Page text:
Rostocki therefore is eligible for FELA recovery if he suffered the injury “while he [was] employed” by Conrail. To meet this requirement, an employee need not have been “actually on the job” at the time of injury. Morris v. Pennsylvania R.R., 187 F.2d 837, 841 (2d Cir. 1951). FELA covers injuries suffered during activities necessarily incidental to employment, not injuries suffered during activities undertaken “for a private purpose and having no causal relationship” with the employment. Atchison, T. S.F. Ry. v. Wottle, 193 F.2d 628, 630 (10th Cir.), cert. dismissed, 344 U.S. 850, 73 S.Ct. 89, 97 L.Ed. 661 (1952).
 We cannot say that as a matter of law Rostocki was acting “for a private purpose” at the time of injury. See Baker v. Texas Pac. Ry., 359 U.S. 227, 228, 79 S.Ct. 664, 665, 3 L.Ed.2d 756 (1959) (per curiam) (allowing court to decide issue as matter of law where reasonable jurors could reach only one conclusion). Getting paid and picking up a paycheck are necessary incidents to employment. Rostocki testified that on the date of the accident, he entered the rail yard solely to get his paycheck for regular wages. He further testified that Conrail required employees to pick up their paychecks at the rail yard. The jury could reasonably find that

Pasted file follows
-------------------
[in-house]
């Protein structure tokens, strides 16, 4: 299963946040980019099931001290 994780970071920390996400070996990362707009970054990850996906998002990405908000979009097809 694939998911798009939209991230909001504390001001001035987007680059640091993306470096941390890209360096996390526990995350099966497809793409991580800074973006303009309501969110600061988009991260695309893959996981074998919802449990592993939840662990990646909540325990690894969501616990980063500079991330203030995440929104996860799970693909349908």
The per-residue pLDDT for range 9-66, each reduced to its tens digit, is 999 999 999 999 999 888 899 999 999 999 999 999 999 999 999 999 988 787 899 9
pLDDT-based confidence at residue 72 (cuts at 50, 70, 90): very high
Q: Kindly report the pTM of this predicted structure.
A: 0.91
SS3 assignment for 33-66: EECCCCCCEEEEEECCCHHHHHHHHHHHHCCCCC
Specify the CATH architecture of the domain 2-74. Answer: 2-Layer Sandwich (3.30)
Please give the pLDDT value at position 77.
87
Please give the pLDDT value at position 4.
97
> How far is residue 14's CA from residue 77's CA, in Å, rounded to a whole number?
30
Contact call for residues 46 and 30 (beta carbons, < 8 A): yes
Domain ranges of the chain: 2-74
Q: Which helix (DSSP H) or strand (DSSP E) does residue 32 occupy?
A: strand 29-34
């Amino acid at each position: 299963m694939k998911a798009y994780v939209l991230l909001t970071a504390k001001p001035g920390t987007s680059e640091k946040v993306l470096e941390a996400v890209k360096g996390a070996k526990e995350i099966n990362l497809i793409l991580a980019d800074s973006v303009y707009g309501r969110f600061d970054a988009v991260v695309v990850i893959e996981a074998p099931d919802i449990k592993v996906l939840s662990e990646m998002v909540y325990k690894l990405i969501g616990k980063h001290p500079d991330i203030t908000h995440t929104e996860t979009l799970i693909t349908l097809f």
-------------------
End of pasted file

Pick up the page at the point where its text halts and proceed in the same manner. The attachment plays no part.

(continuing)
Rostocki suffered his injury while he was employed.
 The case of Healy v. Pennsylvania R.R., 184 F.2d 209 (3d Cir. 1950), cert. denied, 340 U.S. 935, 71 S.Ct. 490, 95 L.Ed. 674 (1951), is instructive. In that case, the plaintiff-employee had purchased war bonds as part of the defendant-employer’s payroll deduction program. While on his way to meet with his supervisor concerning a bond, the plaintiff was struck by a rail car. The Court of Appeals for the Third Circuit upheld the jury’s finding that the plaintiff was in the course of employment at the time of injury. The court noted that the purchase of bonds and the visit to the supervisor were incidental to employment. Id.
at 211-12. Likewise, in the instant matter, getting paid and going to pick up a pay check are incidental to employment.
 We reverse the grant of summary judgment and remand for further proceedings consistent with this opinion.